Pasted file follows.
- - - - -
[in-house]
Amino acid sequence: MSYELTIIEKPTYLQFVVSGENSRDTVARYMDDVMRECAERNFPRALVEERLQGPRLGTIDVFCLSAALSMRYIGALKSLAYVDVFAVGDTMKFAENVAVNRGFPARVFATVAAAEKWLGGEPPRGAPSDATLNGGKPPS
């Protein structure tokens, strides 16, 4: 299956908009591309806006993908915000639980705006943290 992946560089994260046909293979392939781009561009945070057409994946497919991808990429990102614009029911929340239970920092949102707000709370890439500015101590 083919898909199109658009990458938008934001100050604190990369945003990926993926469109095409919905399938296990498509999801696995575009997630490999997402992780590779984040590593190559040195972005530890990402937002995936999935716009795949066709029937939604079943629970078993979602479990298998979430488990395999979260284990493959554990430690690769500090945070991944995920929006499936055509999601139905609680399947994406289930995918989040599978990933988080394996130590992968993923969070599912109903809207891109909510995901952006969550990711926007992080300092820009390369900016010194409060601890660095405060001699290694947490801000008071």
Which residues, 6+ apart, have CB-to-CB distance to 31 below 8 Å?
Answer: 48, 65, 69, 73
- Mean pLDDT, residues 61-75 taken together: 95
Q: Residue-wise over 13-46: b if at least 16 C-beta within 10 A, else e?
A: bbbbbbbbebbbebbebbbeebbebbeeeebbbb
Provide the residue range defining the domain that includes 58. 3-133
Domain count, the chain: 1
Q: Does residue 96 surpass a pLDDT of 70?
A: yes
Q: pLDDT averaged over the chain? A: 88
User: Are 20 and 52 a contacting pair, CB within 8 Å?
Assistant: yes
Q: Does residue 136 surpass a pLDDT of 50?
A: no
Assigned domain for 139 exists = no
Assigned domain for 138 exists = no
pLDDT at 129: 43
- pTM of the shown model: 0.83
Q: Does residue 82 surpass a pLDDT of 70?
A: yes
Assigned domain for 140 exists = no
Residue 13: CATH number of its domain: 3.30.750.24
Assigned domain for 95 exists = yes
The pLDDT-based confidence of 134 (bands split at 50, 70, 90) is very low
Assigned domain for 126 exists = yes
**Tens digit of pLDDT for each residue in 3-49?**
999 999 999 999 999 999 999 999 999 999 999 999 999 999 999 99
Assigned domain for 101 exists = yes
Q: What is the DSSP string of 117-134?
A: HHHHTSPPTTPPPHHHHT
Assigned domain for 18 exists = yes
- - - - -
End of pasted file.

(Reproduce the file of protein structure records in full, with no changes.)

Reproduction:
[in-house]
Amino acid sequence: MSYELTIIEKPTYLQFVVSGENSRDTVARYMDDVMRECAERNFPRALVEERLQGPRLGTIDVFCLSAALSMRYIGALKSLAYVDVFAVGDTMKFAENVAVNRGFPARVFATVAAAEKWLGGEPPRGAPSDATLNGGKPPS
């Protein structure tokens, strides 16, 4: 299956908009591309806006993908915000639980705006943290 992946560089994260046909293979392939781009561009945070057409994946497919991808990429990102614009029911929340239970920092949102707000709370890439500015101590 083919898909199109658009990458938008934001100050604190990369945003990926993926469109095409919905399938296990498509999801696995575009997630490999997402992780590779984040590593190559040195972005530890990402937002995936999935716009795949066709029937939604079943629970078993979602479990298998979430488990395999979260284990493959554990430690690769500090945070991944995920929006499936055509999601139905609680399947994406289930995918989040599978990933988080394996130590992968993923969070599912109903809207891109909510995901952006969550990711926007992080300092820009390369900016010194409060601890660095405060001699290694947490801000008071």
Which residues, 6+ apart, have CB-to-CB distance to 31 below 8 Å?
Answer: 48, 65, 69, 73
- Mean pLDDT, residues 61-75 taken together: 95
Q: Residue-wise over 13-46: b if at least 16 C-beta within 10 A, else e?
A: bbbbbbbbebbbebbebbbeebbebbeeeebbbb
Provide the residue range defining the domain that includes 58. 3-133
Domain count, the chain: 1
Q: Does residue 96 surpass a pLDDT of 70?
A: yes
Q: pLDDT averaged over the chain? A: 88
User: Are 20 and 52 a contacting pair, CB within 8 Å?
Assistant: yes
Q: Does residue 136 surpass a pLDDT of 50?
A: no
Assigned domain for 139 exists = no
Assigned domain for 138 exists = no
pLDDT at 129: 43
- pTM of the shown model: 0.83
Q: Does residue 82 surpass a pLDDT of 70?
A: yes
Assigned domain for 140 exists = no
Residue 13: CATH number of its domain: 3.30.750.24
Assigned domain for 95 exists = yes
The pLDDT-based confidence of 134 (bands split at 50, 70, 90) is very low
Assigned domain for 126 exists = yes
**Tens digit of pLDDT for each residue in 3-49?**
999 999 999 999 999 999 999 999 999 999 999 999 999 999 999 99
Assigned domain for 101 exists = yes
Q: What is the DSSP string of 117-134?
A: HHHHTSPPTTPPPHHHHT
Assigned domain for 18 exists = yes